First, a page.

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Egypt

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Country summary

Capital

Cairo

Borders

Gaza Strip 11 km, Israel 266 km, Libya 1,115 km, Sudan 1,273 km

Government type

republic

Population

78,866,635 (July 2010 est.)[1]

Population growth

2.033% (2010 est.)[1]

Life expectancy

72.12 years[1]

Unemployment

9.4% (2009 est.)[1]

Index of Economic Freedom

94[2]

Corruption Perceptions Index

111[3]

Doing Business ranking

106[4]


The regularity and richness of the annual Nile River flood, coupled with semi-isolation provided by deserts to the east and west, allowed for the development of one of the world's great civilizations. A unified kingdom arose circa 3200 B.C., and a series of dynasties ruled in Egypt for the next three millennia. The last native dynasty fell to the Persians in 341 B.C., who in turn were replaced by the Greeks, Romans, and Byzantines. It was the Arabs who introduced Islam and the Arabic language in the 7th century and who ruled for the next six centuries. A local military caste, the Mamluks took control about 1250 and continued to govern after the conquest of Egypt by the Ottoman Turks in 1517. Following the completion of the Suez Canal in 1869, Egypt became an important world transportation hub, but also fell heavily into debt. Ostensibly to protect its investments, Britain seized control of Egypt's government in 1882, but nominal allegiance to the Ottoman Empire continued until 1914. Partially independent from the UK in 1922, Egypt acquired full sovereignty with the overthrow of the British-backed monarchy in 1952. The completion of the Aswan High Dam in 1971 and the resultant Lake Nasser have altered the time-honored place of the Nile River in the agriculture and ecology of Egypt. A rapidly growing population (the largest in the Arab world), limited arable land, and dependence on the Nile all continue to overtax resources and stress society. The government has struggled to meet the demands of Egypt's growing population through economic reform and massive investment in communications and physical infrastructure.[1]

Economical characteristicsEdit

  • Currency: Egyptian pound (ISO code: EGP)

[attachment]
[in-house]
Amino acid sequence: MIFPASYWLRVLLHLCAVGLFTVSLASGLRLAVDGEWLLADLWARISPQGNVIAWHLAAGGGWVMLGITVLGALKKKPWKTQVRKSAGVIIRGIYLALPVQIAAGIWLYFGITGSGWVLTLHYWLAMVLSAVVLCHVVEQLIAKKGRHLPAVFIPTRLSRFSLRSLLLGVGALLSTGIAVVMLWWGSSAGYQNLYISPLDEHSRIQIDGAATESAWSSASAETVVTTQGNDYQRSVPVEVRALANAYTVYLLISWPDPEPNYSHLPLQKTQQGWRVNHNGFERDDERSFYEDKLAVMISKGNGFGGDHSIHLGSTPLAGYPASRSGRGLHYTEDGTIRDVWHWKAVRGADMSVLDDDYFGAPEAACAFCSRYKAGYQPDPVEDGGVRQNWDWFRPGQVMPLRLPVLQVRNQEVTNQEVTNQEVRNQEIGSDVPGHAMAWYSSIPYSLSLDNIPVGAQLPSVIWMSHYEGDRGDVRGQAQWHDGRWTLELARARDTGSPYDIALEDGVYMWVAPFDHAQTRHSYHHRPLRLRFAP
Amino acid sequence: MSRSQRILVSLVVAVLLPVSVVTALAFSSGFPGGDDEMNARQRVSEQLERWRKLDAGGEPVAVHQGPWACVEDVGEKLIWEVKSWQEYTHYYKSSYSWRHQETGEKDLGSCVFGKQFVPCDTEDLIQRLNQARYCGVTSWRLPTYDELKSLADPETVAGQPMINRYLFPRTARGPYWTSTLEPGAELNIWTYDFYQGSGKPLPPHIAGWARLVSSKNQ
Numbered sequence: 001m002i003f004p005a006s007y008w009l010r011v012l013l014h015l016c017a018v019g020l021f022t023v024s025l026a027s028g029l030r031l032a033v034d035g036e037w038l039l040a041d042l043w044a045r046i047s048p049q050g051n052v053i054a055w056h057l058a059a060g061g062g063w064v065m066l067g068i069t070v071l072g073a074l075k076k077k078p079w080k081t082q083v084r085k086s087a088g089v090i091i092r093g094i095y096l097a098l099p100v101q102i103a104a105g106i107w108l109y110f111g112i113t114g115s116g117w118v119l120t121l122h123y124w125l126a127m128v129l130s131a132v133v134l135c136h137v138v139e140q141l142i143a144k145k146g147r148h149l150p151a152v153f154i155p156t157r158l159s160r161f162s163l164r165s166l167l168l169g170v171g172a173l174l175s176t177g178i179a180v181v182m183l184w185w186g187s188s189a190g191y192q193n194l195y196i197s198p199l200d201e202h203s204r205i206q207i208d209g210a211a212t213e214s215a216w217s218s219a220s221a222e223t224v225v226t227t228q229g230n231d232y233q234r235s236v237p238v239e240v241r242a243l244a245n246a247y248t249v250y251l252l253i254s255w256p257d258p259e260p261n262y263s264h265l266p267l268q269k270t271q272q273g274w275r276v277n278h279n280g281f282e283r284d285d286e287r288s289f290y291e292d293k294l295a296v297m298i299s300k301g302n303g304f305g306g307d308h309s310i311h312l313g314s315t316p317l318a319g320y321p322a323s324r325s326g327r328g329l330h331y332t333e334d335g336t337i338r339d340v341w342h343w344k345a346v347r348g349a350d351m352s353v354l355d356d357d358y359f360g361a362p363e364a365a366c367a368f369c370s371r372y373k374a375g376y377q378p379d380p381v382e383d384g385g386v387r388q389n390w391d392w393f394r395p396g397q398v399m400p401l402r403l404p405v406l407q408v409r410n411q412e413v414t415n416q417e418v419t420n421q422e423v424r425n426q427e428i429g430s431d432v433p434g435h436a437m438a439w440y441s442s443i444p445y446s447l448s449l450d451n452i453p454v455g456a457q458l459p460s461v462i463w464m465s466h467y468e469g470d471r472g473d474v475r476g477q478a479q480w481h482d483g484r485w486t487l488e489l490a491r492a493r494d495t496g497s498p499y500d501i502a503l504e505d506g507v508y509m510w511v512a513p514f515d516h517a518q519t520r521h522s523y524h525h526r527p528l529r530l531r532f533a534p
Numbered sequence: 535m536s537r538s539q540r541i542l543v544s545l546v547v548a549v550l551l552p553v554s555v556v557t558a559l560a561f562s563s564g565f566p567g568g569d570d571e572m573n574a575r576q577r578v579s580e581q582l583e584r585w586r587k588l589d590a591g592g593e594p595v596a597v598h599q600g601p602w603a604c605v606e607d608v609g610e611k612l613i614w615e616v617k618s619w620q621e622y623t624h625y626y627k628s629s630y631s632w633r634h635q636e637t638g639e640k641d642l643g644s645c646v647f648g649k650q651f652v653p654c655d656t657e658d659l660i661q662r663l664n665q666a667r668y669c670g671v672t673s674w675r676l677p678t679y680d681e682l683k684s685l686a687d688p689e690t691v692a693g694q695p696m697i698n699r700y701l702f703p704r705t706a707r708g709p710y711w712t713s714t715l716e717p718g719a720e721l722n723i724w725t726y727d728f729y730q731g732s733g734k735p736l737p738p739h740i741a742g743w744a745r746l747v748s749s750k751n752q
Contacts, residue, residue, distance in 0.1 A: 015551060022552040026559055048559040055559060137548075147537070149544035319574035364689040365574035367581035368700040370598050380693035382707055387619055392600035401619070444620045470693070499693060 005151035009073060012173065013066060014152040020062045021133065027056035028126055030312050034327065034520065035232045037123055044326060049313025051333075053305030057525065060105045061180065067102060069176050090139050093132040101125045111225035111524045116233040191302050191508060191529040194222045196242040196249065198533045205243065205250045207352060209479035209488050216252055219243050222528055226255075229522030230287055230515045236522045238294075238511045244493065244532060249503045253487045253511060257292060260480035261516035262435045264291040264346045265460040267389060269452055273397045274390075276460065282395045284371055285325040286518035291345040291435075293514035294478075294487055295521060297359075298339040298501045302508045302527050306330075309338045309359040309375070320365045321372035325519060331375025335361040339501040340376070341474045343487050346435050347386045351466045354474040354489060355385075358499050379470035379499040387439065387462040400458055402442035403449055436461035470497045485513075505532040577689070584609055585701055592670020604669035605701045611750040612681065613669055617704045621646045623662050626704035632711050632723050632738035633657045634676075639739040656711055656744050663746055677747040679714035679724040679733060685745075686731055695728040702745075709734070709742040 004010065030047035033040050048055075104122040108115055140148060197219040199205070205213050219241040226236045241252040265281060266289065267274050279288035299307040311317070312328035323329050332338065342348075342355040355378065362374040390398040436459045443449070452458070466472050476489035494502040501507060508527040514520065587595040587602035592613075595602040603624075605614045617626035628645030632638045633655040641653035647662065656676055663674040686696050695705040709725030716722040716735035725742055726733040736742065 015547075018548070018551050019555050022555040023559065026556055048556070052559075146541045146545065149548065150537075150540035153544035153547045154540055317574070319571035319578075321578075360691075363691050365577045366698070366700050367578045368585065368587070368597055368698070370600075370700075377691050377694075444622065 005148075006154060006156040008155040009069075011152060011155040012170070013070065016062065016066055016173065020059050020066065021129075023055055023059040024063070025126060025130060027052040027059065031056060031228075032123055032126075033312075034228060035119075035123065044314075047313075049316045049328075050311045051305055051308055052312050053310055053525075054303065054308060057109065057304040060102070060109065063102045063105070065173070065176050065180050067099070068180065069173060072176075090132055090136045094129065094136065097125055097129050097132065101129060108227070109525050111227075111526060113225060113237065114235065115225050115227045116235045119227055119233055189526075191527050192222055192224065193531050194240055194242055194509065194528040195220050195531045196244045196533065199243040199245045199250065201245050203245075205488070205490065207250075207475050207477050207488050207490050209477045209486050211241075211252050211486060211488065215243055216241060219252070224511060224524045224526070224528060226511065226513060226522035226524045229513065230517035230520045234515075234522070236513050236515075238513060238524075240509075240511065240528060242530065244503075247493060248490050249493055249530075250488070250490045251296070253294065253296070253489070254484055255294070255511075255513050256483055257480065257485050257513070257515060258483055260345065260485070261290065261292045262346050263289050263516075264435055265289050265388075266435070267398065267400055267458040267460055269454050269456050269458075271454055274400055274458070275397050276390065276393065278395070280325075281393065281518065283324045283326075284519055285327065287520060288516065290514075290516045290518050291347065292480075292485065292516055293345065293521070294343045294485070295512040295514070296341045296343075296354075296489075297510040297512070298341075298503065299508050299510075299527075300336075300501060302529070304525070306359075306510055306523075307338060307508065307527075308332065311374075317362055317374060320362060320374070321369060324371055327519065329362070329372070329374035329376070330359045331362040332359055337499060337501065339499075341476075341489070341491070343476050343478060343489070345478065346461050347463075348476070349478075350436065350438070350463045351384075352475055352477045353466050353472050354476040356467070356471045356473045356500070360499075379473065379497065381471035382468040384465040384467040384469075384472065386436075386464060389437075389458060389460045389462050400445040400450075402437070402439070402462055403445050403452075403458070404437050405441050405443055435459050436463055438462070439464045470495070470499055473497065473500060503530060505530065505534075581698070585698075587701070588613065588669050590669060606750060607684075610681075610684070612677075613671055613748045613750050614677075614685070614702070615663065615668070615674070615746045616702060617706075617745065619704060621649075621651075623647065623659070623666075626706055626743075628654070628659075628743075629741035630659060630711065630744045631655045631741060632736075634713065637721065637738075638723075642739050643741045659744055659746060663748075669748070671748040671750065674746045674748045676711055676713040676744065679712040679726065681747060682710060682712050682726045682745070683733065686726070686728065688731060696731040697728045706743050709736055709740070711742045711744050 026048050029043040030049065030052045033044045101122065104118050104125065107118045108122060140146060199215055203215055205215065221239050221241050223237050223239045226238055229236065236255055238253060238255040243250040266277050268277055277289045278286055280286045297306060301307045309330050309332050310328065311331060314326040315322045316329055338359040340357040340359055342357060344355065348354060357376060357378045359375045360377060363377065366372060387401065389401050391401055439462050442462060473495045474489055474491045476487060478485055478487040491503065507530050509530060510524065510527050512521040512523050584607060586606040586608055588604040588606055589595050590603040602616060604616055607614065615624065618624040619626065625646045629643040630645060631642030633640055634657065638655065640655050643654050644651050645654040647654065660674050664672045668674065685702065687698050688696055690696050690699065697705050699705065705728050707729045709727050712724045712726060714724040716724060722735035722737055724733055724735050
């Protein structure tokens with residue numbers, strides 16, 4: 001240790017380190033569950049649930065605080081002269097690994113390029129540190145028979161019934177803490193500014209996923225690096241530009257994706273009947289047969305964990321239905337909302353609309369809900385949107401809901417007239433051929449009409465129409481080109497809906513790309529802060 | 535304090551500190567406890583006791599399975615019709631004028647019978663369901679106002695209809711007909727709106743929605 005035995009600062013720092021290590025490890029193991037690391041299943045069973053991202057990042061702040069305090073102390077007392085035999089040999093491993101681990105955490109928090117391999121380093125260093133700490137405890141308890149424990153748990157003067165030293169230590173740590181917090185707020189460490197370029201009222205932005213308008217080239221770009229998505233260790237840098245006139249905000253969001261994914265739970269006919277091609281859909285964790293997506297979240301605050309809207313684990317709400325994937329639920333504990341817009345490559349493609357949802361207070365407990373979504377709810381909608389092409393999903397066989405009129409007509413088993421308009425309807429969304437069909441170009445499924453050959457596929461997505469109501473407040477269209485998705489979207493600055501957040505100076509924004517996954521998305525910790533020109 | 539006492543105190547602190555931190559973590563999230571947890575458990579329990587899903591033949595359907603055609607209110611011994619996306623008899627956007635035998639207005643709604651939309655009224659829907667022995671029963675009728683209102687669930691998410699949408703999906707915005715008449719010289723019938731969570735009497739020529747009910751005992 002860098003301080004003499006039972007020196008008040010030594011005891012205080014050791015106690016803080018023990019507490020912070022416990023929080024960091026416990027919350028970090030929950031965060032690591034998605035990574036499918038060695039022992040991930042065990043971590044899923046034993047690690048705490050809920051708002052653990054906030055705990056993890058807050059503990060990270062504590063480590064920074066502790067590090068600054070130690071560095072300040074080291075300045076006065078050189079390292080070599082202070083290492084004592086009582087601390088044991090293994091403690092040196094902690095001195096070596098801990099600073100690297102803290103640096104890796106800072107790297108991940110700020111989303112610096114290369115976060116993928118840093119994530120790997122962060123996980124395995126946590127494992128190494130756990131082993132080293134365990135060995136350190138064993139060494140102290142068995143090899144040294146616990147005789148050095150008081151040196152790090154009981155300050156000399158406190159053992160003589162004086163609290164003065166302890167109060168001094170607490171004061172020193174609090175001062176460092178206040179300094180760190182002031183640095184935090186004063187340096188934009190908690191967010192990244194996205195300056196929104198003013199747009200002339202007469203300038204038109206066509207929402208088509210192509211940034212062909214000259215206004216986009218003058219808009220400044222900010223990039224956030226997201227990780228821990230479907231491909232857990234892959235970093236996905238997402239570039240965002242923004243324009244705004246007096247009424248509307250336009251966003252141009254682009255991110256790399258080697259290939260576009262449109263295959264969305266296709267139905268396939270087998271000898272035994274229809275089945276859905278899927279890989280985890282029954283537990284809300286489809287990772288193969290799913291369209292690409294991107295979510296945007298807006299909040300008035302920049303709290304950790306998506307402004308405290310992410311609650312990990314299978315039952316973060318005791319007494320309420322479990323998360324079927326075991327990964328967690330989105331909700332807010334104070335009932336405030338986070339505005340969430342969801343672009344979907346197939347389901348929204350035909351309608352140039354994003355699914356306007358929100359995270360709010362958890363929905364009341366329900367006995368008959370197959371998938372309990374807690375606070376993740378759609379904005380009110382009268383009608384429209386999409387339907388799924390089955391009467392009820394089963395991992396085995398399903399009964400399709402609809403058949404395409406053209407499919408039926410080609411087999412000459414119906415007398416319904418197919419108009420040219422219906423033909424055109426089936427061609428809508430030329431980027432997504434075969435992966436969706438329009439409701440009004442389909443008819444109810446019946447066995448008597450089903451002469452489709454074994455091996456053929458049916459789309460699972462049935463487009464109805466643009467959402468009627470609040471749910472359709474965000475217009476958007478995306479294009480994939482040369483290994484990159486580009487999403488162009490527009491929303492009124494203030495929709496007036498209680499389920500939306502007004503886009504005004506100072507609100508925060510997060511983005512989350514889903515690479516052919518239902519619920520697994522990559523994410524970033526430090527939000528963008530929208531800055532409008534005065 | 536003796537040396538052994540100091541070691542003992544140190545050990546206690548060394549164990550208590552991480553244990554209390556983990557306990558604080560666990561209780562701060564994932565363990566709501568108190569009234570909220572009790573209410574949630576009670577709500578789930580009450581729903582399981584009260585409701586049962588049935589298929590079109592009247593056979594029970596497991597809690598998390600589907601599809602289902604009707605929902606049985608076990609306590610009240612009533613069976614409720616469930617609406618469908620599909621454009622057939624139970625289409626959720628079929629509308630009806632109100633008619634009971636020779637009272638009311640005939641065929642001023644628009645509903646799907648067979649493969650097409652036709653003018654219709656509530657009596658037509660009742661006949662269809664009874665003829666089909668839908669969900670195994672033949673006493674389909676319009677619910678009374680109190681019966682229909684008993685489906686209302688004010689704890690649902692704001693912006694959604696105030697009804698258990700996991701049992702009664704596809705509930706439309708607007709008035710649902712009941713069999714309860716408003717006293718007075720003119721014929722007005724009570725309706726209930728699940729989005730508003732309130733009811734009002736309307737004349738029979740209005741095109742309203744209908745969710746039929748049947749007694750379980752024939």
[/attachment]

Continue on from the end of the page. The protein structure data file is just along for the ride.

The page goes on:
• Central bank discount rate: 8.5% (31 December 2009)[1]
  • Commercial banks lending rate: NA% (31 December 2008)[1]
  • Stock of money (M1): $31.72 billion (31 December 2008)[1]
  • Quasi money (with M1 makes M2): $112.2 billion (31 December 2008)[1]


StatisticsEdit

Statistic / Year 1999 2000 2001 2002 2003 2004 2005 2006 2007 2008
GDP (million USD)[5] 90 711 99 839 97 632 87 851 82 924 78 845 89 686 107 484 130 473 162 283
Govt. debt (% of GDP)[6] 37.391
Govt. revenue (% of GDP)[7] 24.350 25.431 24.640 24.292 28.139 27.118 27.715
Govt. expenses (% of GDP)[8] 27.248 27.332 26.890 27.389 32.764 29.336 30.418
Debt to revenue (years)

ReferencesEdit

Note: statistical data was rounded. Different sources may use different methodologies for their estimates. Debt to revenue is calculated by dividing the two variables from their original ('unrounded') values. It represents how long it would a government take to repay its entire debt if it used its whole revenue for this purpose.

  1. 1.0 1.1 1.2 1.3 1.4 1.5 1.6 1.7 1.8 CIA - The World Facebook. "Egypt", from The World Facebook. Referenced 2010-10-01.
  2. Heritage Foundation. "Egypt", Economic Freedom Score. A lower ranking is better; but please be careful when comparing between different countries or years. Referenced 2010-10-01.
  3. Transparency International. "Egypt", Corruption Perceptions Index 2009. A lower ranking is better; but please note that the numbers cannot be compared between countries or years due to different methodology. Referenced 2010-10-01.
  4. Doing Business. "Egypt", Doing Business 2010 (part of The World Bank Group). A lower ranking is better; but please be careful when comparing between different countries or years. Referenced 2010-10-01.
  5. World Bank. "Egypt: GDP", from World Bank Data. Referenced 2010-10-01.
  6. World Bank. "Egypt: government debt", from World Bank Data. Referenced 2010-10-01.
  7. World Bank. "Egypt: government revenue", from World Bank Data. Referenced 2010-10-01.
  8. World Bank. "Egypt: government expenses", from World Bank Data. Referenced 2010-10-01.

External linksEdit

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